“There must be more to life than having everything.” –Maurice Sendak
And since most of us can’t have everything, we get …. wanting everything, instead. Which is damned good for business. We must know better. Don’t most folks learn to distinguish between what they need and what they want sometime before puberty?
“imagine no posessions; I wonder if we can.” –John Lennon
But maybe we don’t learn that, ever. And certainly our cynical corporate culture encourages us to confuse needs and wants. We do have brains, though, so we could figure it out. If we care. If we want to know. Much easier to shop for bargains than to fight for a decent society, built on respect and compassion, on how well we can take care of each other, not on how much shit we can pile up. If we don’t want to simply drown in our own excess, we do need to sort some of this out, if we can. Soon. – LLF
Crooks and Liars
Saturday November 24, 2012 07:00 am
Black Friday Shopping and The Philosophy of Futility
By Susie Madrak
“The goal for the corporations is to maximize profit and market share. And they also have a goal for their target, namely the population. They have to be turned into completely mindless consumers of goods that they do not want. You have to develop what are called ‘Created Wants’. So you have to create wants. You have to impose on people what’s called a Philosophy of Futility. You have to focus them on the insignificant things of life, like fashionable consumption. I’m just basically quoting business literature. And it makes perfect sense. The ideal is to have individuals who are totally disassociated from one another. Whose conception of themselves, the sense of value is just, ‘how many created wants can I satisfy?’ We have huge industries, public relations industry, monstrous industry, advertising and so on, which are designed from infancy to mold people into this desired pattern.”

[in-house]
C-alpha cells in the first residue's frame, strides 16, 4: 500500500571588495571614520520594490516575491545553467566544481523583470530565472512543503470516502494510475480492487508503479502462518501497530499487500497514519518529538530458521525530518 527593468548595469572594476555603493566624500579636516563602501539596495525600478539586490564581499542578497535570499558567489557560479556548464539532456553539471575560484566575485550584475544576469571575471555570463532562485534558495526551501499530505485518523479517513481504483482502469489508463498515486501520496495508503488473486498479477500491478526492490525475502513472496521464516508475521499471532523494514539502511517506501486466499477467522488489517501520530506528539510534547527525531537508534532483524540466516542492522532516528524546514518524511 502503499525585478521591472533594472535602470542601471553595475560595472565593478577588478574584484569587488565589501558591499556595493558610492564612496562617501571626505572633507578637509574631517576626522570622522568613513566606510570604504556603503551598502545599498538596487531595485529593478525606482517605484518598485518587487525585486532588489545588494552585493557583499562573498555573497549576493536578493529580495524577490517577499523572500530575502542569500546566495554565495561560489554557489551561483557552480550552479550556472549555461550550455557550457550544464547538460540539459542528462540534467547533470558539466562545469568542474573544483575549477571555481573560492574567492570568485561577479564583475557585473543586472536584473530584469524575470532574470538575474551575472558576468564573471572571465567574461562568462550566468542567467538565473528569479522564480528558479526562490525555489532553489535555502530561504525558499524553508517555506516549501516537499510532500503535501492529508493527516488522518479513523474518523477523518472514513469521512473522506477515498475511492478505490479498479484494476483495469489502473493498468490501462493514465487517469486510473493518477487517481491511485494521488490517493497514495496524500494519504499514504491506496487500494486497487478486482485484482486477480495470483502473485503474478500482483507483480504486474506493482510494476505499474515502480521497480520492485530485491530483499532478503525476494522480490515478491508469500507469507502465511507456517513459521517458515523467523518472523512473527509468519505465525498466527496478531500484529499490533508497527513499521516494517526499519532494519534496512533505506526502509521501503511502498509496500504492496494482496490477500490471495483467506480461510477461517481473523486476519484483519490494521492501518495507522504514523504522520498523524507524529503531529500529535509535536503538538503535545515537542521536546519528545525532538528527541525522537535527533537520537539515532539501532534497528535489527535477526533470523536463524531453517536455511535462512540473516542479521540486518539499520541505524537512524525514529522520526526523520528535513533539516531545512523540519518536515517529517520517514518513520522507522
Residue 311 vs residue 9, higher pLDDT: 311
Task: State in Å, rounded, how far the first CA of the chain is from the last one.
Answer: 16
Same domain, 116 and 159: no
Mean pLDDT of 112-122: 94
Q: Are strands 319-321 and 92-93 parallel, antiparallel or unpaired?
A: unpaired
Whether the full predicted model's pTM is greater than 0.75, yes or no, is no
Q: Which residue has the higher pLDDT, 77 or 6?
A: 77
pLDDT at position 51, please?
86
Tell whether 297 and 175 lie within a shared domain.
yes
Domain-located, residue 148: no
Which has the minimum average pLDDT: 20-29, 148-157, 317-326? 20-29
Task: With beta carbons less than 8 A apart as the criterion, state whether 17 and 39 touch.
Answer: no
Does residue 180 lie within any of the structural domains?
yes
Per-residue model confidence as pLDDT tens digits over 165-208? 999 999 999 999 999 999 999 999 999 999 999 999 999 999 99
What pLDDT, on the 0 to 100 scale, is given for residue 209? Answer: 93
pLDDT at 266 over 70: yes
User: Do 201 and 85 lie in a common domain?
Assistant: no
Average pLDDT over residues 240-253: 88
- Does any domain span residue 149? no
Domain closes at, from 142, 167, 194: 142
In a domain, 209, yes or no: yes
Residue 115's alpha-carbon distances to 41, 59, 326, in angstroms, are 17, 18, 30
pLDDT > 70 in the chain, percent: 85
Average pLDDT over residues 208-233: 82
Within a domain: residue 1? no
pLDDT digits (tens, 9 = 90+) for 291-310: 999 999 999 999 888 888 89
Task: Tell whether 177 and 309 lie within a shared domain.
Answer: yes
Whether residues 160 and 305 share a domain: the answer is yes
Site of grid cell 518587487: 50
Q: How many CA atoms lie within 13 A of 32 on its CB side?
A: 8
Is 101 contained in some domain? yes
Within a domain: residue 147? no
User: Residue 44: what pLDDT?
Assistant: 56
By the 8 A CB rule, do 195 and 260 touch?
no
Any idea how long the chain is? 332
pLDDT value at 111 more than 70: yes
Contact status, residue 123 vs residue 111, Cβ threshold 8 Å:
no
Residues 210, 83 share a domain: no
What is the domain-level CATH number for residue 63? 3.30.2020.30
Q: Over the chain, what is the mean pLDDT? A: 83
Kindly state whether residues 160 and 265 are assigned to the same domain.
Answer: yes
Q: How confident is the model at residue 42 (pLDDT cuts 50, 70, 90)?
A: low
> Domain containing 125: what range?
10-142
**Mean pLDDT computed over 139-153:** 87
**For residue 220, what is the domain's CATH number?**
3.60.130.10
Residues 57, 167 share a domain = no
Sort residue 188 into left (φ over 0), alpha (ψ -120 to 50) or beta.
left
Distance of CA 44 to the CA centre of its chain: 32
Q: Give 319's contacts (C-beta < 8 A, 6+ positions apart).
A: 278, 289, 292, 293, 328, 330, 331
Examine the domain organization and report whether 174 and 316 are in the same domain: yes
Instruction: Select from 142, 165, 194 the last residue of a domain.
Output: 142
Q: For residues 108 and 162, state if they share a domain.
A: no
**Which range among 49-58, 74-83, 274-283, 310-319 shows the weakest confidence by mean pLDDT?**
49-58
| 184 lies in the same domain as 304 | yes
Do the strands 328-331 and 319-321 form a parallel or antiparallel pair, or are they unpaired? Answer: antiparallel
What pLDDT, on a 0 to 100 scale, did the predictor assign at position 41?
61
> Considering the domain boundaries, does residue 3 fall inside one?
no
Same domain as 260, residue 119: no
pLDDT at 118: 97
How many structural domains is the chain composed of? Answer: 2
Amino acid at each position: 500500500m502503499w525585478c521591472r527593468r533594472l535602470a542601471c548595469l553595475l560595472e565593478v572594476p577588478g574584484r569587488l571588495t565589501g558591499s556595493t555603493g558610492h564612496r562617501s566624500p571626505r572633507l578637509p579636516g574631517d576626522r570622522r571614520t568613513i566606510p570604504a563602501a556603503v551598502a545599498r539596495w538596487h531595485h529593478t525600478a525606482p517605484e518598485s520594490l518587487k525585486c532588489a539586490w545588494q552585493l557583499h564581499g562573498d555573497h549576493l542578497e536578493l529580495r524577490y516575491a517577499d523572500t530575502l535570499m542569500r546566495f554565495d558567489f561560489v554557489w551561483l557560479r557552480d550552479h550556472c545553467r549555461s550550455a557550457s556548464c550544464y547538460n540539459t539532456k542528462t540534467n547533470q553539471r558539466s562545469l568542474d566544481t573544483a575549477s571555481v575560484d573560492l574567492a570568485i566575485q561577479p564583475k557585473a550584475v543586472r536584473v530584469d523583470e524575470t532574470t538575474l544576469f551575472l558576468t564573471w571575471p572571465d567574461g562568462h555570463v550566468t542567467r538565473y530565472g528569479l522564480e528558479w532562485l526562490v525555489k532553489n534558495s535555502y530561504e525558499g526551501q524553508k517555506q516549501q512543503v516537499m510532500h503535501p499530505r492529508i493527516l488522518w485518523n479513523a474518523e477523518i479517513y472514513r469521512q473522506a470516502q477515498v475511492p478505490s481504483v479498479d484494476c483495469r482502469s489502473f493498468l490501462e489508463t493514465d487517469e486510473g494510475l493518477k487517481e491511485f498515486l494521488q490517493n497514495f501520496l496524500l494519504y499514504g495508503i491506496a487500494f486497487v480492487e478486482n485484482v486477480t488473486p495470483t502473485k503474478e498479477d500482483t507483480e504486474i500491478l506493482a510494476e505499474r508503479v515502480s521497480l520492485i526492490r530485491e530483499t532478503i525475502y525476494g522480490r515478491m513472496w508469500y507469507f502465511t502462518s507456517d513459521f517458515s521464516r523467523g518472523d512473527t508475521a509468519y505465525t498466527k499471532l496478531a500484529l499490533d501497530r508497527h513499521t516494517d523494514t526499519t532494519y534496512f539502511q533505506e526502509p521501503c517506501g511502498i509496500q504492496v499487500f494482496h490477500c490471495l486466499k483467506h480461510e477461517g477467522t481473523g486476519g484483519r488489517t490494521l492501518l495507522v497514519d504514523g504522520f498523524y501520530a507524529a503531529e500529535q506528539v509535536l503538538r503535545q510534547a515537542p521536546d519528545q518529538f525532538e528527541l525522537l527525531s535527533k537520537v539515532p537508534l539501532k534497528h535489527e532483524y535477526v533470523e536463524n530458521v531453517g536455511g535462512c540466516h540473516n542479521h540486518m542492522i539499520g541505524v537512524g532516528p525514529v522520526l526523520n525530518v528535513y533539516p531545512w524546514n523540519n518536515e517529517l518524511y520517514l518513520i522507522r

— Noam Chomsky
I stopped by Lowe’s yesterday to pick up some mouse traps and got into a conversation with another customer when I stopped to admire the miniature Christmas village display. He was a middle-aged man who told me he had four grandsons with expensive tastes. “I can hardly take care of myself, let alone buy this stuff they want,” he said, shaking his head.
“You’re the grandfather, that’s the parents’ problem,” I said.
No, he said, his son and daughter were drowning in credit card debt and he worried about them. “My son already filed for bankruptcy once and I think he’s going to have to do it again,” he said. “Look, I live a simple life. I have a prepaid Tracphone in my pocket, I use dial-up internet. When I retire, I’d like to move to North Carolina because it’s a lot cheaper to live, but it’s too long a drive and I know my kids wouldn’t come see me.”
He told me the grandkids wanted things like iPods and video games for Christmas. “The oldest one is eight,” he said. “I just don’t understand why you have to give kids that young whatever they want.”
He said it was nice talking to me, and walked away.